Hi, and Welcome to Killingworth,
|WikiProject UK geography||(Rated Start-class, Low-importance)|
|This article is written in British English, which has its own spelling conventions (colour, travelled, centre, realise, defence), and some terms used in it are different or absent from other varieties of English. According to the relevant style guide, this should not be changed without broad consensus.|
I have added some photos and information onto the Killingworth Page and hope to keep adding further history, links and photos as I go along, as I am only new to this, I hope to include some old photos too from the old buildings around Killingworth.
--Killingworth 10:14, 3 May 2006 (UTC)
I have proposed the merger between Killingworth and Killingworth Village because they appear to be about the same place, with different names. Please discuss. -Royalguard11Talk 18:14, 24 July 2006 (UTC)
Reply to Merge
Hi, You have requested a merger of Killingworth and Killingworth Village.
They are infact 2 different places.
Killingworth Village is on the outskirts of Killingworth but is not the same place. I dont think it would make much difference if they were merged but this would make the co-ordinates, history and pictures incorrect.
- If they are not the same place, then there is no need to merge. Remove the merge template if you like. No one else seems to have an opinion on the matter, so it is safe to say you can remove them. -Royalguard11TalkMy Desk 18:13, 21 August 2006 (UTC)
- They are different places, so I don't think merging would be the right way to go. johnwalton (talk) 20:25, 19 September 2006 (UTC)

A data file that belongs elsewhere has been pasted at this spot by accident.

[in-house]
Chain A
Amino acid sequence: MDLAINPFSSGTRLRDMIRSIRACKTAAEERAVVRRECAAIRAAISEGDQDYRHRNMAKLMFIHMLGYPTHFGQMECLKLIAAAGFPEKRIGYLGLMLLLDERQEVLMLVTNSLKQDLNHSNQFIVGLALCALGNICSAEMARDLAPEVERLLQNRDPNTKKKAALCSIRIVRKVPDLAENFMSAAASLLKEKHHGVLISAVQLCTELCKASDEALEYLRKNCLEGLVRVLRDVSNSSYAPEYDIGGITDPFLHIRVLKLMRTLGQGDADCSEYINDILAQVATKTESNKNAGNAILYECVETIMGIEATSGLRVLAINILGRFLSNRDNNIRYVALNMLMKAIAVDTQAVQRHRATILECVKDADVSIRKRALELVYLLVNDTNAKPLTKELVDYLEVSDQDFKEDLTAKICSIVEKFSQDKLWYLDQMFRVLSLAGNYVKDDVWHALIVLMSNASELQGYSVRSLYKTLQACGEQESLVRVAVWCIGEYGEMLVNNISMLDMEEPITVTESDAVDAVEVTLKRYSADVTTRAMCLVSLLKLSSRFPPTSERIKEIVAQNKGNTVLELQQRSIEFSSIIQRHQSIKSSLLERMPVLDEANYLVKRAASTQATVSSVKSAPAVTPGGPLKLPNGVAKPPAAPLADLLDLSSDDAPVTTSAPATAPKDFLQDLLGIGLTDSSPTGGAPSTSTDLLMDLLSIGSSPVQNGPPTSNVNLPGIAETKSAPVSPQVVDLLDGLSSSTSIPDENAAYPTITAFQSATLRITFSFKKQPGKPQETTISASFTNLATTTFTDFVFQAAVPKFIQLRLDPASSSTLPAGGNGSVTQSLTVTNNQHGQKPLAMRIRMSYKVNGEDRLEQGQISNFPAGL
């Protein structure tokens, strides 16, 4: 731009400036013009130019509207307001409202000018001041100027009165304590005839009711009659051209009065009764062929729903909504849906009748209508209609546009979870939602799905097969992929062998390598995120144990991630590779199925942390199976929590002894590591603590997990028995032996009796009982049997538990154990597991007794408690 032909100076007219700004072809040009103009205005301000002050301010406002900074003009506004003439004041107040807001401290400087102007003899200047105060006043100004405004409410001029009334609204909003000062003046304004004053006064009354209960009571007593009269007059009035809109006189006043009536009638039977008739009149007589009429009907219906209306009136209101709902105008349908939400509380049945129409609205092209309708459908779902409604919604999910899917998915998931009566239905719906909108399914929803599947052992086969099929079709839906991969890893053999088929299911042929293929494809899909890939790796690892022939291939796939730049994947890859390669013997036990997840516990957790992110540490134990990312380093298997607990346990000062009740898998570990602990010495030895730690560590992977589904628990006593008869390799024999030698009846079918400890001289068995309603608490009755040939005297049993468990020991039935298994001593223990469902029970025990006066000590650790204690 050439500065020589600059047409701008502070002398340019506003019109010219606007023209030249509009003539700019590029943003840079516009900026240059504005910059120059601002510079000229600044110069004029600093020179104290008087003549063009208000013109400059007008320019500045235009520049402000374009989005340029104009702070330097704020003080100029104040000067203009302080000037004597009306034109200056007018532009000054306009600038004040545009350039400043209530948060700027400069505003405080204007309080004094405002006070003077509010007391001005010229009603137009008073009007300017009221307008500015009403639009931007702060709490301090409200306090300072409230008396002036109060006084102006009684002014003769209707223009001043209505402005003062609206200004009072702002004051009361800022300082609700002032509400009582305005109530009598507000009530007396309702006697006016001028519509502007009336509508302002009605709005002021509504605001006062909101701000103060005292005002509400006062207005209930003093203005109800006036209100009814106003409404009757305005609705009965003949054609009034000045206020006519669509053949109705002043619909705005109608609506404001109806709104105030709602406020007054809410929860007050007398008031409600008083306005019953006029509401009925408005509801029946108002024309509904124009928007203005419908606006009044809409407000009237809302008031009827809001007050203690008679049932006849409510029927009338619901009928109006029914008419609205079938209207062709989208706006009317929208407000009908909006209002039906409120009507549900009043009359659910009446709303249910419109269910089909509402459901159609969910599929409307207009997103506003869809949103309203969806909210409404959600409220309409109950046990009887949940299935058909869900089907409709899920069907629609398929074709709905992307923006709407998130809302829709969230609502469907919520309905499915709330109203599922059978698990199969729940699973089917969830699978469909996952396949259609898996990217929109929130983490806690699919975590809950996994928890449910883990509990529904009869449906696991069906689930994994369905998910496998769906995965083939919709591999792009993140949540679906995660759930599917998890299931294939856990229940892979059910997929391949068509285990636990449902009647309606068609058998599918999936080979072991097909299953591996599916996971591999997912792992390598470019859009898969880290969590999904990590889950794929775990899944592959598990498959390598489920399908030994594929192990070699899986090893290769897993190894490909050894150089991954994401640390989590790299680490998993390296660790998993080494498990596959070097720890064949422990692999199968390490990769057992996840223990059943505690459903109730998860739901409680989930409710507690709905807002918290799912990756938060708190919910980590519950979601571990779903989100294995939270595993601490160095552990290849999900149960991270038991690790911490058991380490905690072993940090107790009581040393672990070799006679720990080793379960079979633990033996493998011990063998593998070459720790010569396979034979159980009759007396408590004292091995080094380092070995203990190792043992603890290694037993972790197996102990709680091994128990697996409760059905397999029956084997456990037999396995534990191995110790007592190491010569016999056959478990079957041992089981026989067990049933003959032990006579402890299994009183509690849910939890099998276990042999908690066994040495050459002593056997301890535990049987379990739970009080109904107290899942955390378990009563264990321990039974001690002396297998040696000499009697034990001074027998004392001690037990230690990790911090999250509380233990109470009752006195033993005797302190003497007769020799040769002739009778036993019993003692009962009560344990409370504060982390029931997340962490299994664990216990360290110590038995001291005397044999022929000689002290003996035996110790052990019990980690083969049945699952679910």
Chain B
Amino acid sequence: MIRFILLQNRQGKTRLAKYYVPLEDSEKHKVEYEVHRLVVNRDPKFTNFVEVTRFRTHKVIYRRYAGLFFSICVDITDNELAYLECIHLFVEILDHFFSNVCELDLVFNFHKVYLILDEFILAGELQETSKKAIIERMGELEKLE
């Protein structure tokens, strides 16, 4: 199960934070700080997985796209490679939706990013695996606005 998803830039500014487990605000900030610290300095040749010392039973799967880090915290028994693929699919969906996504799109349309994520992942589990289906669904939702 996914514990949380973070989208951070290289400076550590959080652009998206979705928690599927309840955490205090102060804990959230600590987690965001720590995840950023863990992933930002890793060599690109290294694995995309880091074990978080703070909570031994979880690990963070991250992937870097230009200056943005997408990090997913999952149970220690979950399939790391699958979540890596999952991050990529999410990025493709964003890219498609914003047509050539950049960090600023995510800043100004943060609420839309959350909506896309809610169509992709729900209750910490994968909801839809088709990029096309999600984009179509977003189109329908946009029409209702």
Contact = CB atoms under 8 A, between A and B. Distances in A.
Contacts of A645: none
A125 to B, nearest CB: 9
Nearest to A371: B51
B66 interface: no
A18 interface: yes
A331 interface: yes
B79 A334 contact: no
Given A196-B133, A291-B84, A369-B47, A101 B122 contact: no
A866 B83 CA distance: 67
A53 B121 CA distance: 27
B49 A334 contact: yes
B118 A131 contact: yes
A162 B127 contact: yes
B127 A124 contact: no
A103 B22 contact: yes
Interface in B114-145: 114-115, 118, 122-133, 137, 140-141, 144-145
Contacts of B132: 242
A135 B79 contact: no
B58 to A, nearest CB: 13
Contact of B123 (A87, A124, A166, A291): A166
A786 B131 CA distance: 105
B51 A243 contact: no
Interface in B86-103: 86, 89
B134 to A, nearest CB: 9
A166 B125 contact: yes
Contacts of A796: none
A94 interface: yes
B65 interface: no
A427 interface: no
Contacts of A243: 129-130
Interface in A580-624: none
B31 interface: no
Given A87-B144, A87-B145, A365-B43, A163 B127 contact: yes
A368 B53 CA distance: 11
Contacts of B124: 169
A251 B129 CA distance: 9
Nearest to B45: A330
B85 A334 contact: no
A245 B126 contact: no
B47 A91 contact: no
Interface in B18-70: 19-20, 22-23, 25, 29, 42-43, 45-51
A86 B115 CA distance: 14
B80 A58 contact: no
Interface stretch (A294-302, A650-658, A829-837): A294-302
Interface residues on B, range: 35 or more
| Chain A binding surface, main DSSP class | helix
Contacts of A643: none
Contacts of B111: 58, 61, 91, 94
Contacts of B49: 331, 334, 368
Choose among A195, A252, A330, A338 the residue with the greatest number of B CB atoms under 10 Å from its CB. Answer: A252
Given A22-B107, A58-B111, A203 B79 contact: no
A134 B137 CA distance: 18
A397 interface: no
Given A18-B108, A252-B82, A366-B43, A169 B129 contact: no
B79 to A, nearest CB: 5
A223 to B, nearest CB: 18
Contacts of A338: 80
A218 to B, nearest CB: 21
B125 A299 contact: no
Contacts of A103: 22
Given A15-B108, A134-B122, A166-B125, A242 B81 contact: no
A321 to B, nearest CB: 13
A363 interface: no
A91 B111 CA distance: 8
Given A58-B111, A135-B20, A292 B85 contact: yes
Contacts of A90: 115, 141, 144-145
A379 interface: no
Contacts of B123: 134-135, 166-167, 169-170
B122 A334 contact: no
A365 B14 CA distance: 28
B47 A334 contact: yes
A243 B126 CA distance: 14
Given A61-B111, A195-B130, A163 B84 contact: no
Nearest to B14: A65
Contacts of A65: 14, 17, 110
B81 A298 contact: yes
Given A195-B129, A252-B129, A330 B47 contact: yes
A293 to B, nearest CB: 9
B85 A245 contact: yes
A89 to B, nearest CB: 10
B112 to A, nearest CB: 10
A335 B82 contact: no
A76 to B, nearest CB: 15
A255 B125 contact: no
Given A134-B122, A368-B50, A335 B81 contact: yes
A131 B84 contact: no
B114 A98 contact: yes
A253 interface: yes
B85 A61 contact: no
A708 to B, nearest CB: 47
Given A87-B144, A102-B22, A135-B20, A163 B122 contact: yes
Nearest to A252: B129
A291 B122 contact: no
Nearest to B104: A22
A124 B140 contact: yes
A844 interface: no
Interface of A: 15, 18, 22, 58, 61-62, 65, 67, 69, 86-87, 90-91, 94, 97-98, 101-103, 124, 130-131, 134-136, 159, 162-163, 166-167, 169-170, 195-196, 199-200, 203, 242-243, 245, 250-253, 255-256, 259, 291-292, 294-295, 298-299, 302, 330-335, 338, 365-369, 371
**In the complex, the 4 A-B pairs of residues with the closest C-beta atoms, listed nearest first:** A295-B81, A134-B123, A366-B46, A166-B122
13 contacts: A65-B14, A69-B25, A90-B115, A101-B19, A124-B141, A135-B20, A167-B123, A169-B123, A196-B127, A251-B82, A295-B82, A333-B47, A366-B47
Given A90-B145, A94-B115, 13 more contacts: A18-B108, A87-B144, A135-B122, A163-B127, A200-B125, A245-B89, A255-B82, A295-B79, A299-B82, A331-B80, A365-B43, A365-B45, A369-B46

Replace with Disambig Page?
Killingworth, UK is not more notable (or if it is, it isn't to any significant extent) than Killingworth, Connecticut. Both are small towns of roughly the same size. Killingworth, Connecticut isn't named after Killingworth, North Tyneside, and, in fact, predates it by 300 years. There's already a Killingworth disambig page, and I think it makes sense to have Killingworth go directly to that.220.127.116.11 07:11, 12 November 2007 (UTC)
I've reverted some changes made by User:Lfstevens which I think change the meaning of the article, or else are introducing American English into a British English article. The original edits were in good faith and meant to be constructive, so if anyone disagrees please discuss it here.
- "there is no recorded evidence for" was "no evidence survives of" - Morrison makes the point that any evidence has been destroyed or covered up, in other words the evidence may still survive but we have no record of it.
- "falling to" (original "though that had fallen to") - I've left this, but is a continuous tense really applicable to two points where there is no evidence of the intermediate statistics?
- "kept as common land" was "kept common" - I've reverted this; common land is a precise legal term, kept as common is not. This may be a US/UK difference; common land tenure is rooted in the common law of England dating back to "time immemorial".
- "story" or "storey" - the OED is ambivalent about this giving both forms for a floor of a building. Most authors quoted in the OED seem to equate "story" with a tale and "storey" with buildings. This also may be a US/UK issue. I've reverted to "storey" in part to keep coherence with "multi-storey".
- "which" versus "that" in para 1 of section Town centre - Thomson & Martinet in A Practical English Grammar (OUP) prefer the use of "which" as the subject of a relative clause, particularly in formal English. Yet again I suspect a Transatlantic rift here.
- Blucher "replacements". I've reworded this, Geordie did not just replace Blucher but used the experience to build locomotives for use on other colliery lines.
- "it was to be widely" or "it was widely" - I've reverted this. At the time in question (1815) no safety lamps were in use, let alone widely. I would suggest that it needs to be future in the past rather than an imperfect.